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Printed for T. OSBORNE, in Gray's-Inn, and

J. HILDYARD, at York.

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TO Poem his had greater, or juster Praise

from the most eminent Judges of Literature, than PARADISE Lost, as well for the Sublimity of the Subjekt and Sentiments,

as the profound and extenfive Learning it is enrich'd with. It comprehends almost every Thing within the Extent of human Knowledge; but being wrote in the highest Stile of heroick Poetry, and the Thoughts, many of them express'd by Figures of Grammar and Rhetoric, being full of Digressions and Sentences tranfpesed, as well as difficult Terms in the Mathematicks, History, Astronomy, Astrology, Geography, Architecture, Navigation, Anatomy, Alchymy, Divinity, and all other buman Arts and Sciences, it bath fo bappened, that many Readers have been unable to see the Beauties of the Poem, for Want of being able to come af the proper Explication of thofe Things, which have been out of their Reach; and this must happen to a great many; for bow few are there who have had Leisure cor Opportunity to be Master of all the Sciences ? besides which it is necessary they should understand the Hebrew, Chaldee, Arabic, Syriac, Phænician, and Egyptian, and all the dead Languages, with the living and modern ones, in all their different DialeEts: So that it has been a frequent Complaint of the Readers of MILTON, that he has not calculated bis Poem for common Eyes; who paling by the most inftrutive Pasages, or else uncertainly guessing at their Meaning and Reading altogether doubtfully, lose the Pleasure and Benefit which might arise from the thorough Understanding of the improving Leature, and the moral and philofophical Instructions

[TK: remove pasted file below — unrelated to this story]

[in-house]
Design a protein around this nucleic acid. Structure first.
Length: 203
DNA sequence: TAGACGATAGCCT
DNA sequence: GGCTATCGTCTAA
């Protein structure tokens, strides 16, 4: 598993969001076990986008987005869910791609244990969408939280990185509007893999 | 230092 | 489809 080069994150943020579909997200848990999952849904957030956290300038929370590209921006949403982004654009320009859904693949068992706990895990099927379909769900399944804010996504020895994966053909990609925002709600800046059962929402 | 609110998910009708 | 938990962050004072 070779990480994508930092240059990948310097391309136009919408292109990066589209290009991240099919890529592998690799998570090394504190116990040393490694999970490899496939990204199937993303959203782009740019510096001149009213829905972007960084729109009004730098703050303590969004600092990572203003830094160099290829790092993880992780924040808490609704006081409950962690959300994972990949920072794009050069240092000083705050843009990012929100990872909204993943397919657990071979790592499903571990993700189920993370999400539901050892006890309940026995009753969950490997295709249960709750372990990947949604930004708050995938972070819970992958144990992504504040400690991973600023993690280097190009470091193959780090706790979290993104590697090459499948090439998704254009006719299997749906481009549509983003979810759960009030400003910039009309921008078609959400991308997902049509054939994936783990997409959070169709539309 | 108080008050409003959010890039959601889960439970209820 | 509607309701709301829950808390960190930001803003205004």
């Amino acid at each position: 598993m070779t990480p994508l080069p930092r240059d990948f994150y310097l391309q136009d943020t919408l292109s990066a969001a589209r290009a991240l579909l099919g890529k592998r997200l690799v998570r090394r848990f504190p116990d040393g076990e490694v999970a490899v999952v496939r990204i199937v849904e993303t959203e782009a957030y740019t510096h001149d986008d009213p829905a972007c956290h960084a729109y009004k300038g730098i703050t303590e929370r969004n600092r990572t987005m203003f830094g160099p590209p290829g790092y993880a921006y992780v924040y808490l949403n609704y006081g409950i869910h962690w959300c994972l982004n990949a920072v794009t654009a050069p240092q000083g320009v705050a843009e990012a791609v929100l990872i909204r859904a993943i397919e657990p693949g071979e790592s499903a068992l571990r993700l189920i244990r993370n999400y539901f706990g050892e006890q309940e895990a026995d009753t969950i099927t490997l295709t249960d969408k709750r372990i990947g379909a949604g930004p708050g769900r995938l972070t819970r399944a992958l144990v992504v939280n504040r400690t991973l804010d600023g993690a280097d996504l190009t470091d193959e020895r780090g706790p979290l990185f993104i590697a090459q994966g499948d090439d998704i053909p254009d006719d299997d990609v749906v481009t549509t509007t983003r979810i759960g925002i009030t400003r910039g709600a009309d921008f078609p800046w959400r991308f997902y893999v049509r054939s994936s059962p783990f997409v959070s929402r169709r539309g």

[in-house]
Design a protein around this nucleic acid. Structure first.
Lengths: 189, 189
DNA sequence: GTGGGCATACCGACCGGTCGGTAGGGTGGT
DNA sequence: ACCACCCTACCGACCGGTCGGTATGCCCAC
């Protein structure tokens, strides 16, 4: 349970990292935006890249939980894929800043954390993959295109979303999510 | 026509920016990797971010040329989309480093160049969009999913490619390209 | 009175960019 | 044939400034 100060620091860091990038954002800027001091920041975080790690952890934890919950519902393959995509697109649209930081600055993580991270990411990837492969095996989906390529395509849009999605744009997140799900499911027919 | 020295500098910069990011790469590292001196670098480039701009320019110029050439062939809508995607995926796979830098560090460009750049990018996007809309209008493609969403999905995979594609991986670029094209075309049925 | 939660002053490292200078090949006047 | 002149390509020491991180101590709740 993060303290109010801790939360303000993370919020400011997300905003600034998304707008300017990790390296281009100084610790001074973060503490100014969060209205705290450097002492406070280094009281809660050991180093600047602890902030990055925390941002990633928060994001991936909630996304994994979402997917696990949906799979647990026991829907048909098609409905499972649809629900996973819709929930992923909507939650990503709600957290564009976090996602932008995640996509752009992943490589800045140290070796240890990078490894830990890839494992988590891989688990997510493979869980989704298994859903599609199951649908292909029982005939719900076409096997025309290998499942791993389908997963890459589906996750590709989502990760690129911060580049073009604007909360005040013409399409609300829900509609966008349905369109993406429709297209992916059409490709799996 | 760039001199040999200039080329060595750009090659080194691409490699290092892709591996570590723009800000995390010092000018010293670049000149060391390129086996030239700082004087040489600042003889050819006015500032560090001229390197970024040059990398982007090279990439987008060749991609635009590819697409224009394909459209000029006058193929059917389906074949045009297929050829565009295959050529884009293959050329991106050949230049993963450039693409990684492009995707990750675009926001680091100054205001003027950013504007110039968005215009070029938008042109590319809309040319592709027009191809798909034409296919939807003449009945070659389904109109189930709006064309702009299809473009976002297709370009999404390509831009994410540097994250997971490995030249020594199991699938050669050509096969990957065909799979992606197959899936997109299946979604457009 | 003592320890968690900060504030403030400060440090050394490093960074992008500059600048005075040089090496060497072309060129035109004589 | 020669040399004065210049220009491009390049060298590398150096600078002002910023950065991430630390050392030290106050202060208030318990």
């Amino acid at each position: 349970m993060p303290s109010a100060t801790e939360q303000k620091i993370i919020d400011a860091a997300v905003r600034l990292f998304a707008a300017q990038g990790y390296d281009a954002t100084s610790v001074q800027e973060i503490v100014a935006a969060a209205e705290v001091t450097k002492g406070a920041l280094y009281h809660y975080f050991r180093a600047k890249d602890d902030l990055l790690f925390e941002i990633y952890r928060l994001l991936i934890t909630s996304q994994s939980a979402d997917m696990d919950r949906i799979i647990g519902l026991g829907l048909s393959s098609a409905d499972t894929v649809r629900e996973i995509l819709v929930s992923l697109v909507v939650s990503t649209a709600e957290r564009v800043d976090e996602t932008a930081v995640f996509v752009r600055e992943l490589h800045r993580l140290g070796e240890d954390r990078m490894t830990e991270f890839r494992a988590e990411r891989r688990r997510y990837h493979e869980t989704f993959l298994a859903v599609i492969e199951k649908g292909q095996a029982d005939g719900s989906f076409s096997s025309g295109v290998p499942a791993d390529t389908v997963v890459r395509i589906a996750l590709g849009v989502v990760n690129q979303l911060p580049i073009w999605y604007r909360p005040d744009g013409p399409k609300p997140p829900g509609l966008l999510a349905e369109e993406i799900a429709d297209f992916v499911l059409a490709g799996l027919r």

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robich are to be found in this inimitable Book; of which may be affirm'd, what cannot be said of any other Book in the World beside, that is, it never has been read and rightly understood by any, who have not given it the highest Encomiums. Therefore, that all English Readers may have the like Pleasure, the following Work was taken in Hand; and to help Foreigners, whose small Acquaintance with our Language, might otherwise prevent their Intelligence of the finest Poem that ever was wrote. It was not thought sufficient to pick out Lines here and there, and explain thein only, for it is impossible to know which Part may be difficult to each Reader ; for which Reason, the whole is render'd into plain and intelligible Profe, the Sense preferu'd, and nothing omitted that may make it clear to all Readers ; Care being taken not to let any Word pafs, whether proper Names of Men or Places, or technical Words, with. out a Note, to make them appear plain, and doing the fame by all the Mythology or Fables of the Antients. It must certainly be a great Ease, to bave Recourse to such & Transcript in Profe, and the Help of such a Number of explicit Notes : For this work is not done to infinuate, that it is superior or any Way equal to the Poetry of PARADISE LOST; but, on the contrary, design d only to make it more universally intelligible, being fully assured, that it will then be always held in Admiration; and if through my Means this jould happen, I hall think I have been of general Service; which is a Confederation that would be my Reward, if no other mould arife from it, for then my chief End would be answered.


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ROPOS ES the whole Subject, Man's
Disobedience, and the Loss thereupon of Pas
radise wherein he was plac'd. Then touches

· the prime Cause of his Fall; which was Satan in the Serpent; who revolting from God, and drawing to his. Side many Legions of Angels, was by the Command of GOD, driven out of Heaven with all bis Crew into the great Deep. Which Action passid over, the Author haftes into the midf of Things, presenting Satan with his Angels now fallen into Hell, describd, not in the Centre (for Heaven and Earth may be suppos'd as not yet made, certainly not get accursd) but in a Place of utter Darkness, most fitly call'd Chaos : Here Satan with his Angels lying on the burning Lake, thunder-struck and aftónis'd, after a certain Space' recovers, as from Confusion, calls up


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